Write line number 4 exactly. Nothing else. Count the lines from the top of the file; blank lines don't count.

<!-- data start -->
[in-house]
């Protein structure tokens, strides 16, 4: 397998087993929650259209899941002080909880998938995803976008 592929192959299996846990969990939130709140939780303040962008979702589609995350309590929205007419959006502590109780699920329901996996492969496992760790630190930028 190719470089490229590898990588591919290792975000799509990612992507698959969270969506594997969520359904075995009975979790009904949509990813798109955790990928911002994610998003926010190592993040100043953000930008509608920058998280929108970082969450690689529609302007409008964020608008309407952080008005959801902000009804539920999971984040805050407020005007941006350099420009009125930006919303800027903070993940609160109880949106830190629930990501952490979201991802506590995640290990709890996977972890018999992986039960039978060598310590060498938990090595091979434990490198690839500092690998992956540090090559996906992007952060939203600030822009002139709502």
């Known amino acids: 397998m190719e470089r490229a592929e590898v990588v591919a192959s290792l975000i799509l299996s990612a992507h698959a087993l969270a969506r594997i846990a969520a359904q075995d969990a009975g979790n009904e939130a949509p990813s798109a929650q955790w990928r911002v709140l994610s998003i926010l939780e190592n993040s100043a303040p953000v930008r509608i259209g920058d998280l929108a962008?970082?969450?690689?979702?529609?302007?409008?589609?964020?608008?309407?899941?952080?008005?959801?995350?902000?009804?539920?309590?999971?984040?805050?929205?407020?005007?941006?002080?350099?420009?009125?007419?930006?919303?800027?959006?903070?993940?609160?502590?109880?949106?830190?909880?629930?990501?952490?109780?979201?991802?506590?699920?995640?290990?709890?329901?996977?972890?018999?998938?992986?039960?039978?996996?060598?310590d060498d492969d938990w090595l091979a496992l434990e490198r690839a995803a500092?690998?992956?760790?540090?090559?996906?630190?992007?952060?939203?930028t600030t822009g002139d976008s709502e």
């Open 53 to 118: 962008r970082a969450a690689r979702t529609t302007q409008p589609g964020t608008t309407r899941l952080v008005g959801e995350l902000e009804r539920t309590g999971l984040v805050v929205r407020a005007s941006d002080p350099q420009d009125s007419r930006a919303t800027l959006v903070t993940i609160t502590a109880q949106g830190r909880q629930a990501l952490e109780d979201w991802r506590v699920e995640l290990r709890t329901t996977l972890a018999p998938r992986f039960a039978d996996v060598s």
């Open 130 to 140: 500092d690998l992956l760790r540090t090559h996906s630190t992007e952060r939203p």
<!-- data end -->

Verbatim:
């Open 53 to 118: 962008r970082a969450a690689r979702t529609t302007q409008p589609g964020t608008t309407r899941l952080v008005g959801e995350l902000e009804r539920t309590g999971l984040v805050v929205r407020a005007s941006d002080p350099q420009d009125s007419r930006a919303t800027l959006v903070t993940i609160t502590a109880q949106g830190r909880q629930a990501l952490e109780d979201w991802r506590v699920e995640l290990r709890t329901t996977l972890a018999p998938r992986f039960a039978d996996v060598s």